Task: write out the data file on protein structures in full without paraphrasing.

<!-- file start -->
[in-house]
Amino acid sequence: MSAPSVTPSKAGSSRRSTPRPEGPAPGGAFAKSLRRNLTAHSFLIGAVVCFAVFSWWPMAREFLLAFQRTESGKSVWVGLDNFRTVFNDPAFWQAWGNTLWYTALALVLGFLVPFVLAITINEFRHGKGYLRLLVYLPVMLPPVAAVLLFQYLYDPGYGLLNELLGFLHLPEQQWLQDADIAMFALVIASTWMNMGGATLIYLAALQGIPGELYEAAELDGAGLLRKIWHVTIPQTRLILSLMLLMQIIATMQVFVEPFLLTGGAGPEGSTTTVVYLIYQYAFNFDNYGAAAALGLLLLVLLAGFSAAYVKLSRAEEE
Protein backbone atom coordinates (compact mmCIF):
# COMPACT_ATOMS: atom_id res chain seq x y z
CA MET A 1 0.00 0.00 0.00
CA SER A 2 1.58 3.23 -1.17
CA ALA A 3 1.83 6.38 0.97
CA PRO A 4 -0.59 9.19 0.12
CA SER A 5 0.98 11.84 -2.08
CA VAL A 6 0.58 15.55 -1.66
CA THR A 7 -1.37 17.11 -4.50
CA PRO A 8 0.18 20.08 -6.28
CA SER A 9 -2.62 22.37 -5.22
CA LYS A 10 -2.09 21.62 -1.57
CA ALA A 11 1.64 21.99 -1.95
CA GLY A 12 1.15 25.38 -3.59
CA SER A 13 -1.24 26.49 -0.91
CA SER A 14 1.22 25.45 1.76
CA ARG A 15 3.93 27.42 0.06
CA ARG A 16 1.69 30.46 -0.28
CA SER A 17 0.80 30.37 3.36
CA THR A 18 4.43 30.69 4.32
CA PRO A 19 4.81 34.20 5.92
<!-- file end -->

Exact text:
[in-house]
Amino acid sequence: MSAPSVTPSKAGSSRRSTPRPEGPAPGGAFAKSLRRNLTAHSFLIGAVVCFAVFSWWPMAREFLLAFQRTESGKSVWVGLDNFRTVFNDPAFWQAWGNTLWYTALALVLGFLVPFVLAITINEFRHGKGYLRLLVYLPVMLPPVAAVLLFQYLYDPGYGLLNELLGFLHLPEQQWLQDADIAMFALVIASTWMNMGGATLIYLAALQGIPGELYEAAELDGAGLLRKIWHVTIPQTRLILSLMLLMQIIATMQVFVEPFLLTGGAGPEGSTTTVVYLIYQYAFNFDNYGAAAALGLLLLVLLAGFSAAYVKLSRAEEE
Protein backbone atom coordinates (compact mmCIF):
# COMPACT_ATOMS: atom_id res chain seq x y z
CA MET A 1 0.00 0.00 0.00
CA SER A 2 1.58 3.23 -1.17
CA ALA A 3 1.83 6.38 0.97
CA PRO A 4 -0.59 9.19 0.12
CA SER A 5 0.98 11.84 -2.08
CA VAL A 6 0.58 15.55 -1.66
CA THR A 7 -1.37 17.11 -4.50
CA PRO A 8 0.18 20.08 -6.28
CA SER A 9 -2.62 22.37 -5.22
CA LYS A 10 -2.09 21.62 -1.57
CA ALA A 11 1.64 21.99 -1.95
CA GLY A 12 1.15 25.38 -3.59
CA SER A 13 -1.24 26.49 -0.91
CA SER A 14 1.22 25.45 1.76
CA ARG A 15 3.93 27.42 0.06
CA ARG A 16 1.69 30.46 -0.28
CA SER A 17 0.80 30.37 3.36
CA THR A 18 4.43 30.69 4.32
CA PRO A 19 4.81 34.20 5.92